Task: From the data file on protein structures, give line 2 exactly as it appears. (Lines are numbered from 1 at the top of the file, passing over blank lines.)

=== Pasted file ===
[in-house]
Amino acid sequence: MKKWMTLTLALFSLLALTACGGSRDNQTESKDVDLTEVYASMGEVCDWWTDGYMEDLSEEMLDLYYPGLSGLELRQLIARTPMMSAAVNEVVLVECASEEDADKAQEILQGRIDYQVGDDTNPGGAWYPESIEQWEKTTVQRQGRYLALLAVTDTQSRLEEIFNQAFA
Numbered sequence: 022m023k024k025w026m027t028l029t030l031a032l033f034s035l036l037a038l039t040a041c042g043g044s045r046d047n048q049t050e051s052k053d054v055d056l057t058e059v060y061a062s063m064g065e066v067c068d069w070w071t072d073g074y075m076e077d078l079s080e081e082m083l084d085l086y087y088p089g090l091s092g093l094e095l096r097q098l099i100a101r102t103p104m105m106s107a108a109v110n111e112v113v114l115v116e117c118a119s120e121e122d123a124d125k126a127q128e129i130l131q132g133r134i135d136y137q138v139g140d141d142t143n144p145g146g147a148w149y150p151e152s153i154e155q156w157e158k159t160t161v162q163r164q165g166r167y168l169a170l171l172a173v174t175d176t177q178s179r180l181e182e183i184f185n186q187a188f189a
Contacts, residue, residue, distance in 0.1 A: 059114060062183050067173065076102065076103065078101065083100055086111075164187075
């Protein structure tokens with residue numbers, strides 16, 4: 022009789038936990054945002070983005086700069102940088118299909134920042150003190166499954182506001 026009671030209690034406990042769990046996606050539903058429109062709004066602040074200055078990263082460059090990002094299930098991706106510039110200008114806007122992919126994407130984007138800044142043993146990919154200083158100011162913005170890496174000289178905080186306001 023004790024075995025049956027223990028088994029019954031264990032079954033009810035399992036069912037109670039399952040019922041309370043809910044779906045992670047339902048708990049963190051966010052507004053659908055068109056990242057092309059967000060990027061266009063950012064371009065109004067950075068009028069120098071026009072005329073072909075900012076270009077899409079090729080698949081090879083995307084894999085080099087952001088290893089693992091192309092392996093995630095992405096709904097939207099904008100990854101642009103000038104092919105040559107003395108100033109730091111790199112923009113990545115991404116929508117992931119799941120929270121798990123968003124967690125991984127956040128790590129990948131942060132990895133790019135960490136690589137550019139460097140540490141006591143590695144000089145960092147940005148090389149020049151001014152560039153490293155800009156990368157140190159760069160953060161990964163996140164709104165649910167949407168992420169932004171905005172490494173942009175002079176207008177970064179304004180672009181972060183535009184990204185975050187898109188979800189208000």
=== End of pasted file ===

Amino acid sequence: MKKWMTLTLALFSLLALTACGGSRDNQTESKDVDLTEVYASMGEVCDWWTDGYMEDLSEEMLDLYYPGLSGLELRQLIARTPMMSAAVNEVVLVECASEEDADKAQEILQGRIDYQVGDDTNPGGAWYPESIEQWEKTTVQRQGRYLALLAVTDTQSRLEEIFNQAFA